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Why Some Corn Ears Tip

September 6, 2016

Syngenta agronomists at the 2016 Farm Progress Show in Boone, IA, said they are seeing corn ears tip back about one inch this year. A tipped ear is where the cob head bends back slightly and results in a loss of several end kernels, just as the first corn ear pictured to the far left above does.

Though many growers are still counting a good number of ears that are 32-34 kernels long, some kernels have still been lost due to the high temperatures in Iowa this season. While corn can often handle temperatures up to 93 degrees, Iowa growers saw several days in the mid-nineties this summer. In addition, the unusually high number of warm nights and early mornings had an impact on kernel loss.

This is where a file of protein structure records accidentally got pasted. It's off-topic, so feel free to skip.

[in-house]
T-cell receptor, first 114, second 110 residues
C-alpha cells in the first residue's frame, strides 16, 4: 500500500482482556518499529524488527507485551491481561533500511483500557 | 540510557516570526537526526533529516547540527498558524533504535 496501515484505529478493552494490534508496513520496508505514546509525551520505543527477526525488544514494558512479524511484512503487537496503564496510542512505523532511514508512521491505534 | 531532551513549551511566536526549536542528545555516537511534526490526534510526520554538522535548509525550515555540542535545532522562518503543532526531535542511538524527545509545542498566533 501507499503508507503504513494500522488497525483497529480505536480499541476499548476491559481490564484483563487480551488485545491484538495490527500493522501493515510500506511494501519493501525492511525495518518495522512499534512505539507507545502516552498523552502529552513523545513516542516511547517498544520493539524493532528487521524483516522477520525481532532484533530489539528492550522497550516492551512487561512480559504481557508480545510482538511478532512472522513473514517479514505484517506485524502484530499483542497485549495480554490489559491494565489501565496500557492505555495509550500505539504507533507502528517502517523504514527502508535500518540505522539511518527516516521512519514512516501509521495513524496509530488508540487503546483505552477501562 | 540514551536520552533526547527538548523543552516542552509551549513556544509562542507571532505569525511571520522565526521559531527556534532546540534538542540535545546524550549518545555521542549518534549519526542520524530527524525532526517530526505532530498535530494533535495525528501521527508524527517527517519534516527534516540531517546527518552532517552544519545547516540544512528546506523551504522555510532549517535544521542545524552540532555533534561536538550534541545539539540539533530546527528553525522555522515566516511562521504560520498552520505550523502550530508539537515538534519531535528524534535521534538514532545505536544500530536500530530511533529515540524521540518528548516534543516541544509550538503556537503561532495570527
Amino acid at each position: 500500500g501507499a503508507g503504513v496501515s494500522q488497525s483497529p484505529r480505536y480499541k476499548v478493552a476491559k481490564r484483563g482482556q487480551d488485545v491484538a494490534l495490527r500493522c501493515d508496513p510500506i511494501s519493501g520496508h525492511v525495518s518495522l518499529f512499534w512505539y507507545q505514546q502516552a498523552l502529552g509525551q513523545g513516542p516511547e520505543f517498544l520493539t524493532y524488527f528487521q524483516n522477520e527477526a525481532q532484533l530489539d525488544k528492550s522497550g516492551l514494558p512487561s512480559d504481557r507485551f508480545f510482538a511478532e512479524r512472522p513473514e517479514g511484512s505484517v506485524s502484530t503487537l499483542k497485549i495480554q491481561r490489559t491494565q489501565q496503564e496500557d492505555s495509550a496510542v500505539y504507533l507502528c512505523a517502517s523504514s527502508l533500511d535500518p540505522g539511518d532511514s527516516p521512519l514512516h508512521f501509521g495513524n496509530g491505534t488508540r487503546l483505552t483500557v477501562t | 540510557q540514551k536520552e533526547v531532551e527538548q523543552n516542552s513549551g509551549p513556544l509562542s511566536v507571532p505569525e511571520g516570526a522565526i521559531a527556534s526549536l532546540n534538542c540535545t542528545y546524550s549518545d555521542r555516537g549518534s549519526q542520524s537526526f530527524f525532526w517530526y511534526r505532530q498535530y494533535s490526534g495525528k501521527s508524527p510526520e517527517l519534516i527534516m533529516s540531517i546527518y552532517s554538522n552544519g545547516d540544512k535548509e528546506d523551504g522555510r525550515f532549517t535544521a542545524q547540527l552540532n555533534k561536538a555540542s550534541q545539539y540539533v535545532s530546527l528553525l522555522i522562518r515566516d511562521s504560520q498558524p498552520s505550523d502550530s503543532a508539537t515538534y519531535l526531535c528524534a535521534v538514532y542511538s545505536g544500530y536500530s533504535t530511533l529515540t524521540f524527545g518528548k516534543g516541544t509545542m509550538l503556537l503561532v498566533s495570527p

Right at and after pollination is an especially critical temperature window for ear tips because these stages are a prime time for kernel growth.

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All photos are either the property of Syngenta or are used with permission.

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